Gallery News
01 December 2018

Kapwani Kiwanga named winner of Canada’s largest annual art award

Kapwani Kiwanga is the winner of the 2018 Sobey Art Award, Canada’s most prestigious prize given annually to artists aged 40 or younger. Kiwanga’s work often deals with what she calls ‘multiplicities’, exploring subjects including independent African nationhood, gift-giving as a diplomatic activity and astronomy. Kiwanga was praised by the award jury for the ‘urgency of her research and the emotive, formal qualities of the artworks that result’ – with her practice being described as ’necessary at this time’. An exhibition of work by Kiwanga and the other shortlisted finalists is currently on view at the National Gallery of Canada (until 10 February).

23 November 2018

Sue Williamson receives Ellen Kuzwayo Award

Sue Williamson has received the prestigious Ellen Kuzwayo Award (30 November). The award is given to individuals who make outstanding contributions toward the betterment of society and higher education by the University of Johannesburg. Williamson was recognised for her socially-based practice that uncovers hidden histories, being honoured alongside Judge Edwin Cameron and Sophia Williams-De Bruyn.

05 December 2018

Shirin Neshat, Sue Williamson, Tabita Rezaire, and William Kentridge on Kochi-Muziris Biennale

Shirin Neshat, Sue Williamson, Tabita Rezaire and William Kentridge are included on the fourth edition of the Kochi-Muziris Biennale in India (12 December – 29 March). The biennale will take place across various public spaces and heritage sites in the town of Kochi. For biennial curator Anita Dube, the event aims to counteract ‘the virtual hyper-connectivity that has paradoxically alienated us from the warm solidarities of community’. The exhibition runs from 12 December until 29 March 2019.

01 December 2018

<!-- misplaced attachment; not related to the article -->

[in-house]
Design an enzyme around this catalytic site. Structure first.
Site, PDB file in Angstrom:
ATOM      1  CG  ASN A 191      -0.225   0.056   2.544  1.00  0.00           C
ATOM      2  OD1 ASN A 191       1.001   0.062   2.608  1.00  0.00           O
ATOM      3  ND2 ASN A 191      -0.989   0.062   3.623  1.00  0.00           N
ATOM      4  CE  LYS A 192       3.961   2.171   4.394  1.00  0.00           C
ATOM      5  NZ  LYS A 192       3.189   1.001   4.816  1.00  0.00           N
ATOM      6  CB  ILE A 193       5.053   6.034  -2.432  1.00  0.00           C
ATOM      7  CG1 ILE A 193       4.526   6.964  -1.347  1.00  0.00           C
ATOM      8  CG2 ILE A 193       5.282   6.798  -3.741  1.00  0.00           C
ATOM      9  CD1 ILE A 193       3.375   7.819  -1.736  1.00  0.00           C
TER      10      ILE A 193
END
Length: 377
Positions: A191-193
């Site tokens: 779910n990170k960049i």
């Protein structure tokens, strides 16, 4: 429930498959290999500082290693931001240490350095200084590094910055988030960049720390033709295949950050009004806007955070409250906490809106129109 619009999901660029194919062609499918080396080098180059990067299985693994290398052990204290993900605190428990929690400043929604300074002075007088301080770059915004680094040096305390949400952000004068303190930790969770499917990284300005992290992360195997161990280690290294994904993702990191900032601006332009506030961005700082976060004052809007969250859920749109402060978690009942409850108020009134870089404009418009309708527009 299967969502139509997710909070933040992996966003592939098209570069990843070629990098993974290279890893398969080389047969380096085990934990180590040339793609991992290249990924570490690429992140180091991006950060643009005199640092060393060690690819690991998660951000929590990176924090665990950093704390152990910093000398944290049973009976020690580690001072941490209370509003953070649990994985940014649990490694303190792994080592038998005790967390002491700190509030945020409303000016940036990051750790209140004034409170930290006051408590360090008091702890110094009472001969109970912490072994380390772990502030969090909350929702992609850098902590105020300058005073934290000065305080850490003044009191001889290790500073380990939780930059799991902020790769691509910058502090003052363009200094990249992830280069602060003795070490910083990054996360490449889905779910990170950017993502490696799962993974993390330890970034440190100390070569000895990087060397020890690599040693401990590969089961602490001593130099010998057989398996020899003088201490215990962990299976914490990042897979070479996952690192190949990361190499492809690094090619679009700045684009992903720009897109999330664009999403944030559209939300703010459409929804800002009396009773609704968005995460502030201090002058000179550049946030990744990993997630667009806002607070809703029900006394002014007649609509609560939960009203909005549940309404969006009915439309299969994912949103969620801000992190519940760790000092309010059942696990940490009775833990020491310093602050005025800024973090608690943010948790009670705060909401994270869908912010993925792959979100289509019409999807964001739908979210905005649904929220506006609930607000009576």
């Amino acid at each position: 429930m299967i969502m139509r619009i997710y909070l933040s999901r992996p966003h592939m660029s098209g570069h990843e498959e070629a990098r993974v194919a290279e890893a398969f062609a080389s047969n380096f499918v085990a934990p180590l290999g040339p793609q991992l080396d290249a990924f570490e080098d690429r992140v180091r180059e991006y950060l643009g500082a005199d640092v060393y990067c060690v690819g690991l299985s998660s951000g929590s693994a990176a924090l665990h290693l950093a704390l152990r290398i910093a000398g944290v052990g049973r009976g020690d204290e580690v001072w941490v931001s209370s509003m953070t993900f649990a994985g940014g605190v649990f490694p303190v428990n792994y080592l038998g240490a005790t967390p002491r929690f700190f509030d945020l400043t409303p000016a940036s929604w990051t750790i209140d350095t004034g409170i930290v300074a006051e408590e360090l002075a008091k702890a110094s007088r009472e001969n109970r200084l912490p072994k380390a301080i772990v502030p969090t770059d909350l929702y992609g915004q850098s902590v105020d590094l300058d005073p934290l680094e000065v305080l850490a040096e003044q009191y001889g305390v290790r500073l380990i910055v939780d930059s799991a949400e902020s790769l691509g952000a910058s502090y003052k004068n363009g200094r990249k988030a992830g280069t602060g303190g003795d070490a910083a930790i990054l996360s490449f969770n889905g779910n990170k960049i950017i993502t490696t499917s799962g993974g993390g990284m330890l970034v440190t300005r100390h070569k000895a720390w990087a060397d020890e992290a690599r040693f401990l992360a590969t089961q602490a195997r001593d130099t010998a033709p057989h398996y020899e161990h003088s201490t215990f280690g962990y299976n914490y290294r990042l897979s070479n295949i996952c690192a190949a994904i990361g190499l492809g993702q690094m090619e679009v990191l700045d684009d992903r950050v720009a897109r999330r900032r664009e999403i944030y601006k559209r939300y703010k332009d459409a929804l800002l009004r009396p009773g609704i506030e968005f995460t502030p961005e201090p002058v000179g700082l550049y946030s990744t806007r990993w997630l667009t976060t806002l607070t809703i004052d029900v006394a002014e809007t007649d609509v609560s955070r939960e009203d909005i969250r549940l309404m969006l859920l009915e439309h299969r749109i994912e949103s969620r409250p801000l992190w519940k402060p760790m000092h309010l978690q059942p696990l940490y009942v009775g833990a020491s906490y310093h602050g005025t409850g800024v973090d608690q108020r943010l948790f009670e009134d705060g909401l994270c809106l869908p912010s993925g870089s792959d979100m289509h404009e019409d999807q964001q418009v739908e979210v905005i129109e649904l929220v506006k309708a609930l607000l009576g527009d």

Alfredo Jaar and Kendell Geers on group show at MAXXI Museo Nazionale Delle Arti Del XXI Secolo, Rome

Kendell Geers and Alfredo Jaar are included on The Street. Where The World is Made, a group exhibition at Rome’s MAXXI Museum (7 December – 28 April). The exhibition explores, in the words of a press release, ‘the street as a continuously mutating manifesto of contemporary life, an element of connection but also of rupture, the setting for everyday experiences such as street festivals, improvised cinema or street food’. The work on the exhibition includes a variety of mediums including performances and site-specific interventions displayed in a series of galleries that help bolster the curatorial concept by mimicking a street.

01 December 2018

Alfredo Jaar at Nederlands Fotomuseum in Rotterdam and Faena Public art project in Miami

This Is Not America , a 42-second animation by Alfredo Jaar, lends its name to the inaugural Faena Art Festival taking place during Miami Art Week (3 – 9 December). First displayed on an electronic billboard in New York City’s Times Square in 1987, the animation will reappear on an LED jumbotron mounted on a boat set to travel along the Miami shoreline during the festival. Jaar will also present his second in a trilogy of installations at the Nederlands Fotomuseum in Rotterdam (26 January – 13 May). Titled Shadows, the work is based on a photograph of the same name by Koen Wessing depicting two Nicaraguan women who have just learned of their father’s murder.

01 December 2018

Broomberg & Chanarin on group show at C/O Berlin

Broomberg & Chanarin’s War Primer 2, a series of images embedded in a book by Bertolt Brecht, is included on The Last Image: Photography and Death at C/O Berlin (8 December – 3 March). The exhibition presents a selection of over 400 photographic works which grapple with death. The images chosen for this extensive survey include personal, journalistic, scientific and studio photographs taken since the invention of photography in 1839.

01 December 2018

Grada Kilomba on group show organised by Participant Inc. and e-flux

Grada Kilomba’s video installation Illusions Vol II., is included on Journeys with the initiated, a cross-continental exhibition organised by e-flux and Participant Inc. The exhibition forms part of the Hubert Fichte: Love and Ethnology project, an ongoing initiative which seeks to create conversations around the work of the late queer German novelist, poet and ethnographer Hubert Fichte. This exhibition presents work that deal with themes around spirituality, queerness, and black subjectivity in relation to Fichte’s novel The Black City. Kilomba’s work is on view at e-flux in New York (2 December – 13 January).

01 December 2018

mounir fatmi on group show at Museum of Arts and Sciences, Daytona Beach, USA

Cut Up/Cut Out, a group show at Daytona Beach’s Museum of Arts and Sciences, features work by Moroccan artist mounir fatmi (8 December – 27 January). The exhibition explores the captivating methods of decorative piercing and cutting, using a wide range of media from paper and plastic to metal and rubber. fatmi will be showing his sculpture Between the Lines, a large circular saw blade embossed with Arabic calligraphy.